From church gatherings to alcohol- 5 lockdown rules that’ve left you p**sed

The advent of the Covid-19 pandemic in March last year saw SA implement several protective measures, including stages of the lockdown which limited the number of people in gatherings and operating hours for certain venues.

The ban of sales of alcohol and cigarettes were some of the regulations that businesses and citizens objected to.

Here are five of them:

Cigarettes ban

The South African Informal Traders Alliance (Saita) and a tobacconist called on the government to lift the ban on the sale of tobacco in May last year, citing its impact on the livelihoods of traders and the prevalence of illicit trade.

Saita said by banning the sale of cigarettes, the government was allowing illicit trade to thrive while traders lost livelihoods.

Warren Dreyer of JJ Cale Tobacconists said at the time the future of his businesses which employed over 100 people hung in the balance. He said illegal traders were making money at the expense of real businesses.

“Government has enabled this shift — and it is deeply worrying, on every level. We urgently call on government to listen to the people whom they serve, but also to their own ministerial advisers and experts, who are calling for a sensible lifting of the ban,” he said.

Church closures 

In January this year, police cracked down on a crowd of about 250 people who violated regulations and gathered for a church service in Sebokeng.

Two church leaders were arrested for contravening level 3 lockdown regulations. A 62-year old woman was arrested for a similar contravention and an additional charge of public violence.

ACDP president Rev Kenneth Meshoe said it was unfair that churches were not allowed to operate while casinos, restaurants, movie theatres and shopping malls were allowed to open.

Beach ban 

Western Cape premier Alan Winde called on president Cyril Ramaphosa to unban people from going on beaches, saying outdoor activities provided good ventilation.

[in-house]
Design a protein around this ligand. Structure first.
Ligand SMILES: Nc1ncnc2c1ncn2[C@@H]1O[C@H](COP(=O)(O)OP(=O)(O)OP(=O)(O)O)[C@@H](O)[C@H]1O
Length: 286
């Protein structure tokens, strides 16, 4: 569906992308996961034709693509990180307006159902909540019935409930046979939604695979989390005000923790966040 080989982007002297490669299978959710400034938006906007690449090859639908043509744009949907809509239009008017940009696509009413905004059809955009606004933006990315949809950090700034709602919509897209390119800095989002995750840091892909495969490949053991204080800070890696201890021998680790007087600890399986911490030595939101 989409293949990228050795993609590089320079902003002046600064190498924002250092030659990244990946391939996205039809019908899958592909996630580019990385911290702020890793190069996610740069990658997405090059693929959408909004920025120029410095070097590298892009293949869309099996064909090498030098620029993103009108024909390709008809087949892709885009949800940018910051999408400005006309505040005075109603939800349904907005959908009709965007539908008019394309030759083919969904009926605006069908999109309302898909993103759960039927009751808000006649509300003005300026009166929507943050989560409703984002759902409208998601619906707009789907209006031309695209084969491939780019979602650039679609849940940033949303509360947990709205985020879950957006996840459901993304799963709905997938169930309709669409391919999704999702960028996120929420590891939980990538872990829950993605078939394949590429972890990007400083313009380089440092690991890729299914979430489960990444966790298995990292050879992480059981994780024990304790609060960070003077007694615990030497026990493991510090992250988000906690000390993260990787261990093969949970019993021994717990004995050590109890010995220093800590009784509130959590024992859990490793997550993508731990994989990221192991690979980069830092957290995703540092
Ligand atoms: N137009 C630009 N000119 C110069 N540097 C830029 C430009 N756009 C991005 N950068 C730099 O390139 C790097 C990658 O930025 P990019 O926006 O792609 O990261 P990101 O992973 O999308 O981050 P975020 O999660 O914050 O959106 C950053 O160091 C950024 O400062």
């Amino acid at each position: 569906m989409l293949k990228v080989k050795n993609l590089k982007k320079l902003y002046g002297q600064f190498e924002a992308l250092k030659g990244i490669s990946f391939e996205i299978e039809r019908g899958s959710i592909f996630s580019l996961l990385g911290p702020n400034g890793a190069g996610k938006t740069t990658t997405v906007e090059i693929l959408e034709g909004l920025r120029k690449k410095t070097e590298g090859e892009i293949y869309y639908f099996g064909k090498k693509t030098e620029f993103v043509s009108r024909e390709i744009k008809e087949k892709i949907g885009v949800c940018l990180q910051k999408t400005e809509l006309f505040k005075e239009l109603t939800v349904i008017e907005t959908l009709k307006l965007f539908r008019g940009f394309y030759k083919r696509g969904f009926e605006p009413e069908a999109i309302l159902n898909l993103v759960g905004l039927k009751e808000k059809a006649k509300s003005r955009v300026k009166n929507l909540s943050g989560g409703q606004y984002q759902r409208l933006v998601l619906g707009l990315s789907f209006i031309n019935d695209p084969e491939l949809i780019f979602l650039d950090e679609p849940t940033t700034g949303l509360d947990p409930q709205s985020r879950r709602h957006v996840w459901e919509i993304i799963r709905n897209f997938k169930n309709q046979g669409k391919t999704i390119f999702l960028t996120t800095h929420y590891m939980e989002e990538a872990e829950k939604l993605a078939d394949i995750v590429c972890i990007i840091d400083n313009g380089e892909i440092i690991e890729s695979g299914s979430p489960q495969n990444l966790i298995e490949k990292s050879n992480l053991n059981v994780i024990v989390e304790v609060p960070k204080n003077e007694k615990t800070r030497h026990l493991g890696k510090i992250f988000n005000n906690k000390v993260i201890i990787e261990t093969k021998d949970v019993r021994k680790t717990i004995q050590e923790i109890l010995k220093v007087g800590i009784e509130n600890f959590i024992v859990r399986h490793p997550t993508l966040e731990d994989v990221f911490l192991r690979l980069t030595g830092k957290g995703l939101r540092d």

He said the ban coupled with the curfew and booze ban had a catastrophic impact on the province’s economy and threatened the livelihoods of hundreds.

B booze ban 

In July this year, the Beer Association of SA (Basa) said the previous lockdowns including stage 5 had cost it 7,400 jobs in the beer industry alone, R14.2bn in lost beer sales revenue and a more than R7.8bn loss in taxes and excise duties.

The association also cited illicit trade as one of their main concerns, saying the looting in parts of KZN and Gauteng contributed to the industry collapse.

National state of Disaster 

The national state of disaster was introduced in March last year to mitigate the spread of Covid-19. It is still in place as Co-operative governance and traditional affairs (Cogta) minister Nkosazana Dlamini-Zuma has extended it until December 15.

Winde has, on several occasions called on the government to terminate it. Winde said the national state of disaster was crippling the economy in the Western Cape.

“If we want to recover and create jobs, we can’t be in a state of disaster indefinitely. That’s why I asked for transparency on the road map to end it. Given the response received today, it is clear that there is no plan. This is a problem that needs to be addressed urgently,” he said.

 

TimesLive

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